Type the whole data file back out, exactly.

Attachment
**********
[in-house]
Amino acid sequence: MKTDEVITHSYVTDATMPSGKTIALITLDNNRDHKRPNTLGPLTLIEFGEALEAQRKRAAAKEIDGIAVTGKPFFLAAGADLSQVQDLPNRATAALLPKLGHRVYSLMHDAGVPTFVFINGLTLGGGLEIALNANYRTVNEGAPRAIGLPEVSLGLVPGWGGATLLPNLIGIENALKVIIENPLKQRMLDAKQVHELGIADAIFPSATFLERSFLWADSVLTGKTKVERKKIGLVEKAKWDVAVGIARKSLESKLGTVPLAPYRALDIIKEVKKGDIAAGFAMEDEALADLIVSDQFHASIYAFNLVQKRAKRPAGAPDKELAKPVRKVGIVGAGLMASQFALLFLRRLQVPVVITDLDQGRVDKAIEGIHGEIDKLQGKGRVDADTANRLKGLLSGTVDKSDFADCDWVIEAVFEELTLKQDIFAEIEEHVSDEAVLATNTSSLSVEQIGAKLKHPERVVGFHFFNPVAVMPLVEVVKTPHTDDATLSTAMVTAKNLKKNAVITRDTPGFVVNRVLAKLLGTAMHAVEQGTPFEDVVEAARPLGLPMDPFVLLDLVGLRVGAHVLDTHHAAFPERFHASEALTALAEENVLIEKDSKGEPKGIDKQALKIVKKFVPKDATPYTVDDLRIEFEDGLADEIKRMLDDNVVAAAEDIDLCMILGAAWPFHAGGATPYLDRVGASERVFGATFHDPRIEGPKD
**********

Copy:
[in-house]
Amino acid sequence: MKTDEVITHSYVTDATMPSGKTIALITLDNNRDHKRPNTLGPLTLIEFGEALEAQRKRAAAKEIDGIAVTGKPFFLAAGADLSQVQDLPNRATAALLPKLGHRVYSLMHDAGVPTFVFINGLTLGGGLEIALNANYRTVNEGAPRAIGLPEVSLGLVPGWGGATLLPNLIGIENALKVIIENPLKQRMLDAKQVHELGIADAIFPSATFLERSFLWADSVLTGKTKVERKKIGLVEKAKWDVAVGIARKSLESKLGTVPLAPYRALDIIKEVKKGDIAAGFAMEDEALADLIVSDQFHASIYAFNLVQKRAKRPAGAPDKELAKPVRKVGIVGAGLMASQFALLFLRRLQVPVVITDLDQGRVDKAIEGIHGEIDKLQGKGRVDADTANRLKGLLSGTVDKSDFADCDWVIEAVFEELTLKQDIFAEIEEHVSDEAVLATNTSSLSVEQIGAKLKHPERVVGFHFFNPVAVMPLVEVVKTPHTDDATLSTAMVTAKNLKKNAVITRDTPGFVVNRVLAKLLGTAMHAVEQGTPFEDVVEAARPLGLPMDPFVLLDLVGLRVGAHVLDTHHAAFPERFHASEALTALAEENVLIEKDSKGEPKGIDKQALKIVKKFVPKDATPYTVDDLRIEFEDGLADEIKRMLDDNVVAAAEDIDLCMILGAAWPFHAGGATPYLDRVGASERVFGATFHDPRIEGPKD